Mayo Clinic psychiatrist Daniel Hall-Flavin, M.D., answers
Antidepressant withdrawal refers to signs and symptoms caused by the abrupt discontinuation of an antidepressant medication after taking it for an extended period — usually longer than six weeks. Doctors may also refer to it as antidepressant discontinuation syndrome. However, this is not a formal psychiatric diagnosis.
Signs and symptoms of antidepressant withdrawal may include irritability, anxiety and sadness, as well as physical symptoms such as headaches, dizziness, fatigue, nausea, vomiting and diarrhea.
To minimize the risk of withdrawal, do not stop taking an antidepressant without first discussing it with your doctor. Psychiatrists usually recommend gradually tapering off of antidepressants. By slowly reducing the dosage over an extended period, your brain gradually adjusts to the change and adapts to the absence of the drug.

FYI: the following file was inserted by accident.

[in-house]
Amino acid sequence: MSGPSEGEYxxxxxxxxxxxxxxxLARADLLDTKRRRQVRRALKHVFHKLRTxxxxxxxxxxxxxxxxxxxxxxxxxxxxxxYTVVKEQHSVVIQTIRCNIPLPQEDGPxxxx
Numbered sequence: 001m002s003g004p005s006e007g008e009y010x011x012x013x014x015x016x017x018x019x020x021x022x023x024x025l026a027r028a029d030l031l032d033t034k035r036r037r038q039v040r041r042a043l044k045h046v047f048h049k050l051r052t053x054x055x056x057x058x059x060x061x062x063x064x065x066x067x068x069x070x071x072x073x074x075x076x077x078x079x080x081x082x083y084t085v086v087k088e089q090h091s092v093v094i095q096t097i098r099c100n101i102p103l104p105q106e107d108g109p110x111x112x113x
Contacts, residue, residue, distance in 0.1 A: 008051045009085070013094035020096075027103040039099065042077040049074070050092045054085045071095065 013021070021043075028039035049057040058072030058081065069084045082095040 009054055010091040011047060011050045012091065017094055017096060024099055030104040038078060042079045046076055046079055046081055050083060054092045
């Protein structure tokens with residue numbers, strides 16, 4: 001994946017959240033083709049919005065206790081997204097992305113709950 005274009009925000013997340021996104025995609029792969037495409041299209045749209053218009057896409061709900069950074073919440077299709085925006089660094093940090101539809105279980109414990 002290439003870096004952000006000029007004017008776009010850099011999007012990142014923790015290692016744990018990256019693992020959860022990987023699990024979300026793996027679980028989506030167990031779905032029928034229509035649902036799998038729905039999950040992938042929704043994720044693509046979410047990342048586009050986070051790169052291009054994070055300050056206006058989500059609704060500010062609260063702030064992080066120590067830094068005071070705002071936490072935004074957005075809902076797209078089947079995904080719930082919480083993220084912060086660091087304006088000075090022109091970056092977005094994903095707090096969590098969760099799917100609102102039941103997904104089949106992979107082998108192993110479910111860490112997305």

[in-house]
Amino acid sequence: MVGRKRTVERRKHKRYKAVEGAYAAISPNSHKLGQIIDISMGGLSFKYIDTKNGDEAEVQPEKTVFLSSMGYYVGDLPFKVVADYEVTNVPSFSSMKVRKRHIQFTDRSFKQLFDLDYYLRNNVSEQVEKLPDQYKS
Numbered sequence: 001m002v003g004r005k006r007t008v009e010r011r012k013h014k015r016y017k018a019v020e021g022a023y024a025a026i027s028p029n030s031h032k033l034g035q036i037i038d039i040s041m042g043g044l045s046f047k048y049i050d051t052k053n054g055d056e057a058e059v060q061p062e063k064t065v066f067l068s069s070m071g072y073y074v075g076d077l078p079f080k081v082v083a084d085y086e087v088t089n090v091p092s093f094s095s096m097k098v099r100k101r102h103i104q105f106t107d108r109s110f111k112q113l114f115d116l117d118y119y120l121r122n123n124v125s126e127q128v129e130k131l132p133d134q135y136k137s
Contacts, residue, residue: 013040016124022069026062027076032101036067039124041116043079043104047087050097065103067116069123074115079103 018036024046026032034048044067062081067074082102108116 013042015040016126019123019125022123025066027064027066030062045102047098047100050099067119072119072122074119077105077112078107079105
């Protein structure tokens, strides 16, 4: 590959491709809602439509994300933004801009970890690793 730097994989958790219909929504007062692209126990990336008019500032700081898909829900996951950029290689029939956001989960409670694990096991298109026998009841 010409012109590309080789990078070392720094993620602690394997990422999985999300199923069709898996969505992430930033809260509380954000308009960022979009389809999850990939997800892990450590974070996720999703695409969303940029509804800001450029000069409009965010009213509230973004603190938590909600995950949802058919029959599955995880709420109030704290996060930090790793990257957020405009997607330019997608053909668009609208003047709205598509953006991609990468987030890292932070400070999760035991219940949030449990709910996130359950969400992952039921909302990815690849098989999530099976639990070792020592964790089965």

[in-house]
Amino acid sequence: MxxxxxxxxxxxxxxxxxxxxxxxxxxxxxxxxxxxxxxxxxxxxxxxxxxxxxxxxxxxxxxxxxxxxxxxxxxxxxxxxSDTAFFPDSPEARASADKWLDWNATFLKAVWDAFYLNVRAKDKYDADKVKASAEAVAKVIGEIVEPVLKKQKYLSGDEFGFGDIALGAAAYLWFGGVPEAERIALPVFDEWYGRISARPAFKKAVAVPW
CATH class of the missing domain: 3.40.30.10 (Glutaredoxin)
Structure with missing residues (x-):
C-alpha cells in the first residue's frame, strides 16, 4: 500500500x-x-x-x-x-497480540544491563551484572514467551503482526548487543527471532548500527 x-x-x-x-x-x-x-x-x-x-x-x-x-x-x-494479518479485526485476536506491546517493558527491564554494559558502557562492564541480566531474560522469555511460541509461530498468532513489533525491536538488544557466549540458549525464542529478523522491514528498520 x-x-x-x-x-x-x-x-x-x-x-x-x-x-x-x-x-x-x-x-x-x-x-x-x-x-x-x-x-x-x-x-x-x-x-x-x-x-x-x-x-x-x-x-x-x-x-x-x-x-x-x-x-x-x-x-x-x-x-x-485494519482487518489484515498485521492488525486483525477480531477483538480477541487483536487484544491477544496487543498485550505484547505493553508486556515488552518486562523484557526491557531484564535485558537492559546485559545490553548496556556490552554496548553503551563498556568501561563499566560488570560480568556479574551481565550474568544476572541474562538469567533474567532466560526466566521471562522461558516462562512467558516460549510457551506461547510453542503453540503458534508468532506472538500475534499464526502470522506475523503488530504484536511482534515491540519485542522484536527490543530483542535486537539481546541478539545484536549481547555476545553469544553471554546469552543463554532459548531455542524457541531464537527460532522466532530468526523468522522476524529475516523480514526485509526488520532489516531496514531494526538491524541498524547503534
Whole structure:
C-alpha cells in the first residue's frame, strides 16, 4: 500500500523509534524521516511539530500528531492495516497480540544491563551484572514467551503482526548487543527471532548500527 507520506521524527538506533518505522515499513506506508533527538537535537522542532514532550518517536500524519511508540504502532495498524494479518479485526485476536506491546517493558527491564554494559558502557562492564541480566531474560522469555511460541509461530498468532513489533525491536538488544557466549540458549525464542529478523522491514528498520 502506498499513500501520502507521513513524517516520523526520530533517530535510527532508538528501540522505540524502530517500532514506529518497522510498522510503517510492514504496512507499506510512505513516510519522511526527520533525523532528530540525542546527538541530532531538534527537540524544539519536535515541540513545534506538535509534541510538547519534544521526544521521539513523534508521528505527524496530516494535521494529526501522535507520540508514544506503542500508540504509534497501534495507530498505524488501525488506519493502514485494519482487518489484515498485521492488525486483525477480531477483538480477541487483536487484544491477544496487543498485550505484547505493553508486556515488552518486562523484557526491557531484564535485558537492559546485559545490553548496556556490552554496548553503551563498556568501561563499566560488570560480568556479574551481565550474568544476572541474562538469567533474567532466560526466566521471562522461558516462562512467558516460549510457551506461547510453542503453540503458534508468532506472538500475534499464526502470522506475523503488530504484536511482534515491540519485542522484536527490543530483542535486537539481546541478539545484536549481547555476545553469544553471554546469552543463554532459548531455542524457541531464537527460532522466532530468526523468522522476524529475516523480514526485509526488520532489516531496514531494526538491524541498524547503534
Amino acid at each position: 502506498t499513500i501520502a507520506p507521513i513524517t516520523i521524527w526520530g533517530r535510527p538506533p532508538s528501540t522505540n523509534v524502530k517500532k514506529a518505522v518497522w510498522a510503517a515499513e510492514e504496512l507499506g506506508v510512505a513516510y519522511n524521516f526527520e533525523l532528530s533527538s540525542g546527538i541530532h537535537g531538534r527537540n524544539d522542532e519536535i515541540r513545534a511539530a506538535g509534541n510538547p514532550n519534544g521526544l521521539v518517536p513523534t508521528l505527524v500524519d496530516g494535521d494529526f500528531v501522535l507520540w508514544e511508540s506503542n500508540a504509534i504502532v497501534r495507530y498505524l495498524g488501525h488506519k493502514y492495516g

However, adjustment does not mean addiction. Antidepressants are not considered addictive substances. Addiction represents harmful, long-term chemical changes in the brain that can lead to tolerance, physical dependence and uncontrollable craving. Withdrawal caused by abrupt discontinuation of an addictive substance is a very different phenomenon than withdrawal resulting from sudden discontinuation of a drug designed to restore normal chemical balance in the brain.
In addition, it’s sometimes difficult to differentiate between withdrawal symptoms and re-emergence of depression after you stop taking an antidepressant. It is important to review this with your doctor.